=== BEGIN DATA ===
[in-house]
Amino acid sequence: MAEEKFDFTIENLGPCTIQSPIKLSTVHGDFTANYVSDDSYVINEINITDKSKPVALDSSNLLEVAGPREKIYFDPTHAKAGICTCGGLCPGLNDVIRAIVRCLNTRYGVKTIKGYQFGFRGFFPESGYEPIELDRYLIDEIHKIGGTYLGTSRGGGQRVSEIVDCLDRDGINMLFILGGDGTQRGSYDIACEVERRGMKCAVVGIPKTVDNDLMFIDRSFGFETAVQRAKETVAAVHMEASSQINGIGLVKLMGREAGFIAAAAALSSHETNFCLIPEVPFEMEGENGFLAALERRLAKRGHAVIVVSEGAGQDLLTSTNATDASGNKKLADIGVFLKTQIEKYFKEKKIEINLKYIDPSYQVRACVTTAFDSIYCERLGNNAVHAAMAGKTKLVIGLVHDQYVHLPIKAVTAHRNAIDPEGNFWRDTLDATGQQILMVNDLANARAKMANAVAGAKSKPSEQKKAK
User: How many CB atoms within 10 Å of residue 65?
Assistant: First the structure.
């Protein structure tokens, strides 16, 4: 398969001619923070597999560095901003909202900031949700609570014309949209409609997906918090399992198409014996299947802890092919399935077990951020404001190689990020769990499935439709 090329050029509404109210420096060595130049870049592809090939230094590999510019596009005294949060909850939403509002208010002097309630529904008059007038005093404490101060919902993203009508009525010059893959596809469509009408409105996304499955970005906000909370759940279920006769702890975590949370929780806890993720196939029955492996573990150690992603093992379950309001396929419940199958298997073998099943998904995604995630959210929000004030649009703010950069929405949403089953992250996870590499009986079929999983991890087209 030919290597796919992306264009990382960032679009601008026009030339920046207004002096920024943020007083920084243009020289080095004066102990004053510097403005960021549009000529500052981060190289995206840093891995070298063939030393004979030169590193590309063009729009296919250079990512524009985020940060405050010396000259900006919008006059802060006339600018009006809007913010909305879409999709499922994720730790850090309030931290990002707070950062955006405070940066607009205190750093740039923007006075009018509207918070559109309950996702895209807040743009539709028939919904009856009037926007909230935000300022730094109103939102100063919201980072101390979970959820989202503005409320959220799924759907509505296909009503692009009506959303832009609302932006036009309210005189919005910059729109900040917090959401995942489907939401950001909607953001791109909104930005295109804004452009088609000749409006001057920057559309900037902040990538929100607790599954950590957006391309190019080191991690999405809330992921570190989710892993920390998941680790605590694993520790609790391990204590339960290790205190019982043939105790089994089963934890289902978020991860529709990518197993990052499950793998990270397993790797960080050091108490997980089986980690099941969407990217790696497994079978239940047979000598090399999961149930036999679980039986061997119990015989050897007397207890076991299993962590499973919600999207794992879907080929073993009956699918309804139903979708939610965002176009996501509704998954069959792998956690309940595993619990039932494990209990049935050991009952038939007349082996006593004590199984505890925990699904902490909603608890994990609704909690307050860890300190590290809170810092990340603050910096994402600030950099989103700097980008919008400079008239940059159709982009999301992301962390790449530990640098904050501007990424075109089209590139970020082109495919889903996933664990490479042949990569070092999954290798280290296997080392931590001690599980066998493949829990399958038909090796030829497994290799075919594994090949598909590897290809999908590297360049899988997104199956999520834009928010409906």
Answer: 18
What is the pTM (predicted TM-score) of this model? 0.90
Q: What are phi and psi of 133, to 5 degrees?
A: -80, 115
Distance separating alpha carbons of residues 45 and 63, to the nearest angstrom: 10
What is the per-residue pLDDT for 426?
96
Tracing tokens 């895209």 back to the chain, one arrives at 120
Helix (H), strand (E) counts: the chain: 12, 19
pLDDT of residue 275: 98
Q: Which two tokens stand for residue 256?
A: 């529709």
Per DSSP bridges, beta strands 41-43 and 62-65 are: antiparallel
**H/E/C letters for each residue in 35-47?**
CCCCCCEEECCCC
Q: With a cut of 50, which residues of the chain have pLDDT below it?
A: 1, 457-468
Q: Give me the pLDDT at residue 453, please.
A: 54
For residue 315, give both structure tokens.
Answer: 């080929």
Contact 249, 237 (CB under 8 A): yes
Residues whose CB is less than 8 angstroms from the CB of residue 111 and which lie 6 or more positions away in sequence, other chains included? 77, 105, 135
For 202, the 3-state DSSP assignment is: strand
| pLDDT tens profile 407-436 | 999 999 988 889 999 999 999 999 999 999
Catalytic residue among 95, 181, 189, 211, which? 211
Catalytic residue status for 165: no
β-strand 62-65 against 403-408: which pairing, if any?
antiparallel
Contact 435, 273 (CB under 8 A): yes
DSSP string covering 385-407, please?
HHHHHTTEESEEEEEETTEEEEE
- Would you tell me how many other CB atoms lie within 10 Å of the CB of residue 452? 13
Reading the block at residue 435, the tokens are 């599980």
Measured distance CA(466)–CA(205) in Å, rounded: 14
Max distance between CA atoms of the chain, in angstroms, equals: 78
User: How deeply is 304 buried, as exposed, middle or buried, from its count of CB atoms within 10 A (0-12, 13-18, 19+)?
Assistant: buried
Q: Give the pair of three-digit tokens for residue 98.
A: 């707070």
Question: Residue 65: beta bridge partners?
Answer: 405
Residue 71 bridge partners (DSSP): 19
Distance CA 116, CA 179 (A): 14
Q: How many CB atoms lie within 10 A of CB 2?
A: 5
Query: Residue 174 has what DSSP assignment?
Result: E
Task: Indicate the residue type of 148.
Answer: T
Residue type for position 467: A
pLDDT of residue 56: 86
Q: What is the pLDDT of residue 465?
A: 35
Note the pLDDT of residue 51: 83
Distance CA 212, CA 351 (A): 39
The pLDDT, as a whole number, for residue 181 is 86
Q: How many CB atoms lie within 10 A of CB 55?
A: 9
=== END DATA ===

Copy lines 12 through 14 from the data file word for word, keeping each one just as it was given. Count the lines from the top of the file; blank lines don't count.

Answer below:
96
Tracing tokens 């895209």 back to the chain, one arrives at 120
Helix (H), strand (E) counts: the chain: 12, 19